The evening featured performances by 2Frères, Andréanne A. Malette, Isabelle Boulay, Ludovick Bourgeois, Roxane Bruneau, Galaxie, Lydia Képinski, Pierre Lapointe, Hubert Lenoir, Loud and Tire le coyote. To celebrate the 40th edition of the Gala, Mario Pelchat, Martine St. Clair, Guylaine Tanguay and Maxime Landry performed a medley of the top songs from the previous 39 years. As well, multi-Platinum rock band Harmonium were honoured with a star-studded musical tribute by by Marie-Pierre Arthur, Philippe Brach, Catherine Major, Patrice Michaud, Ariane Moffatt and Yann Perreau, accompanied by the Orchestre symphonique de Montréal.

Hubert Lenoir, the 24-year-old breakthrough artist from Quebec City, took home a leading three awards from Sunday’s Gala. Lenoir was also nominated for the country’s top album at the 2018 Polaris Music Prize for his Félix-winning debut album Darlène.

Congratulations to ADISQ on 40 dynamic years of supporting, promoting, and celebrating Quebec’s music industry. The full list of winners from Sunday’s Gala can be viewed below.

Album of the Year – Adult Contemporary 
La science du coeur – Pierre Lapointe

Album of the Year – Hip-Hop 
Une année record – Loud

Album of the Year – Pop 
Darlène – Hubert Lenoir

New Artist of the Year
Hubert Lenoir

Concert of the Year – Singer-songwriter 
Le silence des troupeaux – Philippe Brach

Concert of the Year – Performer 
Demain matin, Montréal m’attend – Artistes variés

Composer of the Year
Philippe Brach/Philippe Brach, La Controverse pour Le silence des troupeaux, Philippe Brach

Group or duo of the Year
2Frères

Female Artist of the Year
Klô Pelgag

Male Artist of the Year
Patrice Michaud

Song of the Year 
Fille de personne II – Hubert Lenoir

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Playback 2018: Loreena McKennitt receives the Music Canada Artist Advocate Award

At Playback 2018, Music Canada’s annual industry dialogue and celebration, renowned Canadian musician and record label owner Loreena McKennitt was honoured with the Artist Advocate Award in recognition of her long-time advocacy for musicians’ rights.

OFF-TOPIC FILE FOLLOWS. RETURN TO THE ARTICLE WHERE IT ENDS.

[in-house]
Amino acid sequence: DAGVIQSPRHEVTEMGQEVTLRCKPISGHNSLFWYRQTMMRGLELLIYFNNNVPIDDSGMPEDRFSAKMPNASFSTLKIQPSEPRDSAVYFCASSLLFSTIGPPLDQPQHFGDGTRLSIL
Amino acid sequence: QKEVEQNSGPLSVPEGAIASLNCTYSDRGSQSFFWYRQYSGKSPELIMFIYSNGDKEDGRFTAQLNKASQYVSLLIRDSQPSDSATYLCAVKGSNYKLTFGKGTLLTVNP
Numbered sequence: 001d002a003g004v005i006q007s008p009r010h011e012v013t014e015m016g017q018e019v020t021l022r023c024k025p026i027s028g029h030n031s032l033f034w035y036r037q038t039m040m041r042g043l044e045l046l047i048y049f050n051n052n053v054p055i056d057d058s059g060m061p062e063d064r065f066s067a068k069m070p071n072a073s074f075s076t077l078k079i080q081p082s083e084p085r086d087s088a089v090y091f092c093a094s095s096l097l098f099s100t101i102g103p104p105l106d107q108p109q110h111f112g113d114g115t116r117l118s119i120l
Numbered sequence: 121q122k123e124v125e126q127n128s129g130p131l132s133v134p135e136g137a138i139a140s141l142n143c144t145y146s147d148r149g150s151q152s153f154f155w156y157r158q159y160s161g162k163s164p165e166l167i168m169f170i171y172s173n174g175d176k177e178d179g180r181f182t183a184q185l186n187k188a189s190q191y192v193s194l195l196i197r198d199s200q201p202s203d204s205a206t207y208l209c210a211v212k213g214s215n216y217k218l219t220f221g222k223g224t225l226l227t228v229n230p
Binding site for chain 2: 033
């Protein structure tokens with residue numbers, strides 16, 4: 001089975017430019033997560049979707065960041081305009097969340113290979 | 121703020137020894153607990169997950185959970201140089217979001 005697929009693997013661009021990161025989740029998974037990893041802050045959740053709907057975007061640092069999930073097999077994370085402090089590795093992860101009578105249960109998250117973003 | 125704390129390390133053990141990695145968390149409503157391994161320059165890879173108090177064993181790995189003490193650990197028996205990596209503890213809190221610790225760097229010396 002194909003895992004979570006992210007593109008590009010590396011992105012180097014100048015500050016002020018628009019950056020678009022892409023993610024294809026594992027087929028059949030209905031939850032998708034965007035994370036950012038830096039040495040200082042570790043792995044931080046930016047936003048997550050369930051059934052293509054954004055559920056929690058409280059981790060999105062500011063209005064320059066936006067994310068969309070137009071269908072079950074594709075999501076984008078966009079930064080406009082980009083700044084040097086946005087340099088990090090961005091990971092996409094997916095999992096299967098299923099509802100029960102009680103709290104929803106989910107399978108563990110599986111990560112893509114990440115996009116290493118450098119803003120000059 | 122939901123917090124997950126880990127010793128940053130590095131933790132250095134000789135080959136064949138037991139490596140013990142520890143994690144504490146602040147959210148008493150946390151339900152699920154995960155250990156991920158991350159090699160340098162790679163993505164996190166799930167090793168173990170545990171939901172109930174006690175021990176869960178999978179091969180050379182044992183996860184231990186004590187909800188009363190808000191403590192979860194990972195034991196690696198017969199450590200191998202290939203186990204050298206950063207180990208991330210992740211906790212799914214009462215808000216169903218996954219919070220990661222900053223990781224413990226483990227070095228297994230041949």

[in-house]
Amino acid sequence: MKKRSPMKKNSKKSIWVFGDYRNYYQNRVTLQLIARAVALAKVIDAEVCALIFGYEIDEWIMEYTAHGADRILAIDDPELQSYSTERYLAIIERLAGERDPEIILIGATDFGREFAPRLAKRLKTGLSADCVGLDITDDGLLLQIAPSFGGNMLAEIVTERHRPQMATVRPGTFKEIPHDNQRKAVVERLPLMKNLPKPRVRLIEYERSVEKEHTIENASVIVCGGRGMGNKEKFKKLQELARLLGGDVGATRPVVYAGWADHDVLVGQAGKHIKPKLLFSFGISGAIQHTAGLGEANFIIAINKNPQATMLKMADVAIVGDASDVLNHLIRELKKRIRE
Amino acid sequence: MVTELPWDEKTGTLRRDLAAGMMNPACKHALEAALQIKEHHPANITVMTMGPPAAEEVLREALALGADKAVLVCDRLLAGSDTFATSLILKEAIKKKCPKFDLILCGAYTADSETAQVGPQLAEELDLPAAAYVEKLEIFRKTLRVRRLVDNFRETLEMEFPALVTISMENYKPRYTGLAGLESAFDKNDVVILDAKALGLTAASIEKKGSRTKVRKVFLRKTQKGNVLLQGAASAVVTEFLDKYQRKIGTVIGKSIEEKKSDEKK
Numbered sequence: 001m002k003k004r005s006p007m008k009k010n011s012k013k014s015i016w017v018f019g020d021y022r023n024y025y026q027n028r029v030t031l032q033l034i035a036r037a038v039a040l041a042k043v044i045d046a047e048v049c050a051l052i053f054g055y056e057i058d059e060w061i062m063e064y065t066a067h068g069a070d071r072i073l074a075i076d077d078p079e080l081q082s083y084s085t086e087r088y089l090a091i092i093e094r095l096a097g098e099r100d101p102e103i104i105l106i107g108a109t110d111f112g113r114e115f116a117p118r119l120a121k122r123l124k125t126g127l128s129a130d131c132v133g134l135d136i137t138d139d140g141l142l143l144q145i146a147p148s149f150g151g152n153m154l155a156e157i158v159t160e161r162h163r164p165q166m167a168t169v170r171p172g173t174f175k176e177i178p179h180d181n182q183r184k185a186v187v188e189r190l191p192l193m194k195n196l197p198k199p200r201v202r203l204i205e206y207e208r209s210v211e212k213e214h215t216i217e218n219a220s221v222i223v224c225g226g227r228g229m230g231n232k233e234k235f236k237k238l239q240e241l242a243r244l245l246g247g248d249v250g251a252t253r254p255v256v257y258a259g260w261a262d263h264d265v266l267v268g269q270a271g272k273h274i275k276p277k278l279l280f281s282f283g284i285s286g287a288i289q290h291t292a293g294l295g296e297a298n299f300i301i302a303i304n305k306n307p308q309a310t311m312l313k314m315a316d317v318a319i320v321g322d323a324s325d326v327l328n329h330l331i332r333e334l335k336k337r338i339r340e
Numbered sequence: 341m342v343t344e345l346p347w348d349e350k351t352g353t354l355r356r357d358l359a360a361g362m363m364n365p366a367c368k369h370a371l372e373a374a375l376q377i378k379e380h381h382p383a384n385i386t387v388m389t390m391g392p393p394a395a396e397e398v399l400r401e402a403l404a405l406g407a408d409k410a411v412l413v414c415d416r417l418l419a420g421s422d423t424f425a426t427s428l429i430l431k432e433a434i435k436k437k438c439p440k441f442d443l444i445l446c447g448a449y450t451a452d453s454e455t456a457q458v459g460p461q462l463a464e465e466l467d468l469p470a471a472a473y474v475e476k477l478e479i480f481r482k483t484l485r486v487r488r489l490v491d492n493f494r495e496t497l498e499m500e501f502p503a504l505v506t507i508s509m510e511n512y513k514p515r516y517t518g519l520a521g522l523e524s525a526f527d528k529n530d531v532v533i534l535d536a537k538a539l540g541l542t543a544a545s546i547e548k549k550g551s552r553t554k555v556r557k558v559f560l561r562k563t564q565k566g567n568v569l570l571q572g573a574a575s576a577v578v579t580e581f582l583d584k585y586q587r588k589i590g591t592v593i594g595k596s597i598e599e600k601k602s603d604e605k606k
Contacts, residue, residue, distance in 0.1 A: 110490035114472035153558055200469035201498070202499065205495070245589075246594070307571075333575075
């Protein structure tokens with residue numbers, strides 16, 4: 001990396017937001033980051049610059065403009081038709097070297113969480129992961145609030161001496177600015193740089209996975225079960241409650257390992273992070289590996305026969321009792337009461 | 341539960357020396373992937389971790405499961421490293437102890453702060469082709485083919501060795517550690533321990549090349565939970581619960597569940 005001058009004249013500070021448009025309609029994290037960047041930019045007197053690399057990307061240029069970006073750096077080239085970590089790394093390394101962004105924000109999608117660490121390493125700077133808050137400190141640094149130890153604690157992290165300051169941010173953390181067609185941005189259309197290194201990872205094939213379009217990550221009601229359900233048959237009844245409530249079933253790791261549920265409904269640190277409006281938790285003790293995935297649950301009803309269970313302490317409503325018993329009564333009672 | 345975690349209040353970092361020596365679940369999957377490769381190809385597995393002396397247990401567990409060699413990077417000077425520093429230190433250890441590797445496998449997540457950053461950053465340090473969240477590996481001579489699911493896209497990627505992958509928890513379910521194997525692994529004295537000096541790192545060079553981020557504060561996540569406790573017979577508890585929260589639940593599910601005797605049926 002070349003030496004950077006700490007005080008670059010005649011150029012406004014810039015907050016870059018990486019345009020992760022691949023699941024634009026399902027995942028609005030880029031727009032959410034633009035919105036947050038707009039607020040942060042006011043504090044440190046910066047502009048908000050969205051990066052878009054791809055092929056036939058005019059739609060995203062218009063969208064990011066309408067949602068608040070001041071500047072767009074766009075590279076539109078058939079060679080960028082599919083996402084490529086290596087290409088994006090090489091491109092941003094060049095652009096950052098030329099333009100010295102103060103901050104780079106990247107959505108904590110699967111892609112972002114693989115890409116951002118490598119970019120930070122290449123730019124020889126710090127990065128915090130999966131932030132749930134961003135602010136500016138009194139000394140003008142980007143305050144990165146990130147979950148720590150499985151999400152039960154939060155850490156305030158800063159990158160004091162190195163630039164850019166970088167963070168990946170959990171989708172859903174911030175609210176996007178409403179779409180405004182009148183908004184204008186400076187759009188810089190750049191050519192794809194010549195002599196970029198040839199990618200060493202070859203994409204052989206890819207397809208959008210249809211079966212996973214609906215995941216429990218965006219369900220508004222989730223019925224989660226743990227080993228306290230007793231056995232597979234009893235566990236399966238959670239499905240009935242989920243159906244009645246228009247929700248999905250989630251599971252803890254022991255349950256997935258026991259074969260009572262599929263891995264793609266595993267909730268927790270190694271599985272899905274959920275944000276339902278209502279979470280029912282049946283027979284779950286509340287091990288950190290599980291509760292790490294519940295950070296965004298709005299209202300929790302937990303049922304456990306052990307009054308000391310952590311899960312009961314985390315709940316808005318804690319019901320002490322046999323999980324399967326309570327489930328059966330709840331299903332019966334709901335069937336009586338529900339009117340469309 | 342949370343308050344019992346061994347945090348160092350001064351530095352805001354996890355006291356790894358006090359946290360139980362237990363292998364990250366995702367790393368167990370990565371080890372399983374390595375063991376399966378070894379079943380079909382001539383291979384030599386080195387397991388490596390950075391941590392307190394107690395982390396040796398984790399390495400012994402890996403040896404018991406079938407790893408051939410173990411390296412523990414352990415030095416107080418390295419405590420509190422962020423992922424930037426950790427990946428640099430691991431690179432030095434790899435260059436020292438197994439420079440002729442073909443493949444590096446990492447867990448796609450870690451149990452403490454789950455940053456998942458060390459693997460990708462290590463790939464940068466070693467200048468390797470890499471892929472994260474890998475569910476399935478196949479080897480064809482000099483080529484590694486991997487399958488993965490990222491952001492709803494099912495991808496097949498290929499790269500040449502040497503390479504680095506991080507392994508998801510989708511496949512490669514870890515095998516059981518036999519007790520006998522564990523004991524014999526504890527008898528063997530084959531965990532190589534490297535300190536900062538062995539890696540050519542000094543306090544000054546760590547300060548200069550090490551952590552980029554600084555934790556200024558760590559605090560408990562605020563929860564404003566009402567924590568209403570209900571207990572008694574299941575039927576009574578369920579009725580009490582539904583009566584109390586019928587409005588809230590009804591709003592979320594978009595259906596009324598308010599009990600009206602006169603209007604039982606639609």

The Artist Advocate Award was introduced at Playback 2017. Now in its second year, the award recognizes musicians and songwriters for their outstanding advocacy efforts to improve the livelihoods of music creators.

Music Canada President and CEO Graham Henderson presented McKennitt with the award, remarking:

“Loreena, as everyone in this room knows, is an internationally successful artist entrepreneur.  She founded her record label Quinlan Road in 1985, and since then, her music has received critical acclaim worldwide with sales of 14 million records globally.

Throughout her illustrious career, and from the day she chose to retain her master rights, and do it her own way, she has been a passionate, devoted advocate for musicians’ rights.

Her testimonies and submissions to parliamentary hearings have, over the years, demonstrated her deep business and political acumen, and has influenced real change making her a force to be reckoned with.

She is also a dedicated human rights advocate, a generous philanthropist, she established the Cook-Rees Memorial Fund in 1998.

I had the privilege of working for Loreena for almost 10 years and we have remained friends ever since. So in recognition of her unwavering public support for the rights of music creators, we are proud to present Loreena McKennitt with our 2018 Music Canada Artist Advocate Award.”

 

McKennitt graciously accepted the award, remarking on her career path and the impact that music has had on people across the globe. In her acceptance speech, she stated:

“Well, thank you very much Graham for this, as well as Music Canada. It is unexpected but also, I feel there are others who are equally, if not more, deserving.

It is true that my career path began in earnest around 1990 and it was at that time that I found Graham and he helped mastermind what became to some, a famous Warner deal. And he was an educator for me and an advocate as well as someone who really showed me a lot of the path forward.